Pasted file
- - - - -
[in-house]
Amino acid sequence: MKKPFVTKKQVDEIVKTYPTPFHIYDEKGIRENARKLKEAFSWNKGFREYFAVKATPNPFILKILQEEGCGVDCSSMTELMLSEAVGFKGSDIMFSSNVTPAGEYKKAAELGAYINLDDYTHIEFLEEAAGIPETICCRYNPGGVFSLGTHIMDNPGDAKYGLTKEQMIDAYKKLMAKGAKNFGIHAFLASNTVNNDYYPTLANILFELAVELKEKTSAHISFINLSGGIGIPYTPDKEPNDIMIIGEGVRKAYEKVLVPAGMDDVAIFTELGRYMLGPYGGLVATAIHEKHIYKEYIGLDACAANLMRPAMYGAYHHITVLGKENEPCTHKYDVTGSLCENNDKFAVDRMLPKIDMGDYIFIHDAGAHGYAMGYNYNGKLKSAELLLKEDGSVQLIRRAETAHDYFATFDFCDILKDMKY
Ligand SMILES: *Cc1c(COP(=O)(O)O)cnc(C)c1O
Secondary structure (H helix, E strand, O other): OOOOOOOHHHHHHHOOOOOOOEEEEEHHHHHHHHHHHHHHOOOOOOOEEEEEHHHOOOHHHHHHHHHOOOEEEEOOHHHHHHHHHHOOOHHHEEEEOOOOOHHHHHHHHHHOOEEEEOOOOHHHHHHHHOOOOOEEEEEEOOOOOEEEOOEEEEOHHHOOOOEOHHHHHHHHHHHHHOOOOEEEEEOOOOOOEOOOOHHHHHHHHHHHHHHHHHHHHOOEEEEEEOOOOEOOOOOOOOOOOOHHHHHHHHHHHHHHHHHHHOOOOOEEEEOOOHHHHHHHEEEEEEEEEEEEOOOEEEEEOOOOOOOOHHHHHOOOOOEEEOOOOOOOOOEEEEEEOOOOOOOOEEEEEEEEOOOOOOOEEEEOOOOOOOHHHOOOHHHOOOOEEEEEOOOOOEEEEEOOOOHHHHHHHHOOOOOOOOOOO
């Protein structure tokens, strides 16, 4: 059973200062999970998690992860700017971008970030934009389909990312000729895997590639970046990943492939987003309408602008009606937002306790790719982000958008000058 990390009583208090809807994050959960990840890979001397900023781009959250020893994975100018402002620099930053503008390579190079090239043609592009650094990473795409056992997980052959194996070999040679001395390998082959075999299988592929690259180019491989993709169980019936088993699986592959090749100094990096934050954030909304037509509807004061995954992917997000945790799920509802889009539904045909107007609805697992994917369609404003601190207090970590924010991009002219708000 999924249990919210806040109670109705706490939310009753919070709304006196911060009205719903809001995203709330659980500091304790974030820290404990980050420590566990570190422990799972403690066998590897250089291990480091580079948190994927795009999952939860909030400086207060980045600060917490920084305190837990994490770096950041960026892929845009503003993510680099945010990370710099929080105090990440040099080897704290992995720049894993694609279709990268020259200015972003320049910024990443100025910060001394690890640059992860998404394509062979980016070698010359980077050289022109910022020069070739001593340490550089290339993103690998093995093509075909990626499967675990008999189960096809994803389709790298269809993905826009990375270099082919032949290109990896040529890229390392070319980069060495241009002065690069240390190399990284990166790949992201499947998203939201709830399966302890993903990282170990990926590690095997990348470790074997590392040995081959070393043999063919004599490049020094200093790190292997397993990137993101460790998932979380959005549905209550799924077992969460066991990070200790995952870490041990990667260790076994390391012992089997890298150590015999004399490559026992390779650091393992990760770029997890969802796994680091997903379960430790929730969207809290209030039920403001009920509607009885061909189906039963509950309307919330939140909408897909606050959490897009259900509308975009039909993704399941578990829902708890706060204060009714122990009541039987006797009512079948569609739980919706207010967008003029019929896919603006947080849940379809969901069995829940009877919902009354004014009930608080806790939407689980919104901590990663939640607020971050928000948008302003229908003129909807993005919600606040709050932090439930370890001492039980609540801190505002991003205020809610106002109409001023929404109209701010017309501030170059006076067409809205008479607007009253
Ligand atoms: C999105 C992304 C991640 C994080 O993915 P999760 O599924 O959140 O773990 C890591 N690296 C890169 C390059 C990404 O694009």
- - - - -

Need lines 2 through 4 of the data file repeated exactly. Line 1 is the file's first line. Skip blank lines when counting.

Amino acid sequence: MKKPFVTKKQVDEIVKTYPTPFHIYDEKGIRENARKLKEAFSWNKGFREYFAVKATPNPFILKILQEEGCGVDCSSMTELMLSEAVGFKGSDIMFSSNVTPAGEYKKAAELGAYINLDDYTHIEFLEEAAGIPETICCRYNPGGVFSLGTHIMDNPGDAKYGLTKEQMIDAYKKLMAKGAKNFGIHAFLASNTVNNDYYPTLANILFELAVELKEKTSAHISFINLSGGIGIPYTPDKEPNDIMIIGEGVRKAYEKVLVPAGMDDVAIFTELGRYMLGPYGGLVATAIHEKHIYKEYIGLDACAANLMRPAMYGAYHHITVLGKENEPCTHKYDVTGSLCENNDKFAVDRMLPKIDMGDYIFIHDAGAHGYAMGYNYNGKLKSAELLLKEDGSVQLIRRAETAHDYFATFDFCDILKDMKY
Ligand SMILES: *Cc1c(COP(=O)(O)O)cnc(C)c1O
Secondary structure (H helix, E strand, O other): OOOOOOOHHHHHHHOOOOOOOEEEEEHHHHHHHHHHHHHHOOOOOOOEEEEEHHHOOOHHHHHHHHHOOOEEEEOOHHHHHHHHHHOOOHHHEEEEOOOOOHHHHHHHHHHOOEEEEOOOOHHHHHHHHOOOOOEEEEEEOOOOOEEEOOEEEEOHHHOOOOEOHHHHHHHHHHHHHOOOOEEEEEOOOOOOEOOOOHHHHHHHHHHHHHHHHHHHHOOEEEEEEOOOOEOOOOOOOOOOOOHHHHHHHHHHHHHHHHHHHOOOOOEEEEOOOHHHHHHHEEEEEEEEEEEEOOOEEEEEOOOOOOOOHHHHHOOOOOEEEOOOOOOOOOEEEEEEOOOOOOOOEEEEEEEEOOOOOOOEEEEOOOOOOOHHHOOOHHHOOOOEEEEEOOOOOEEEEEOOOOHHHHHHHHOOOOOOOOOOO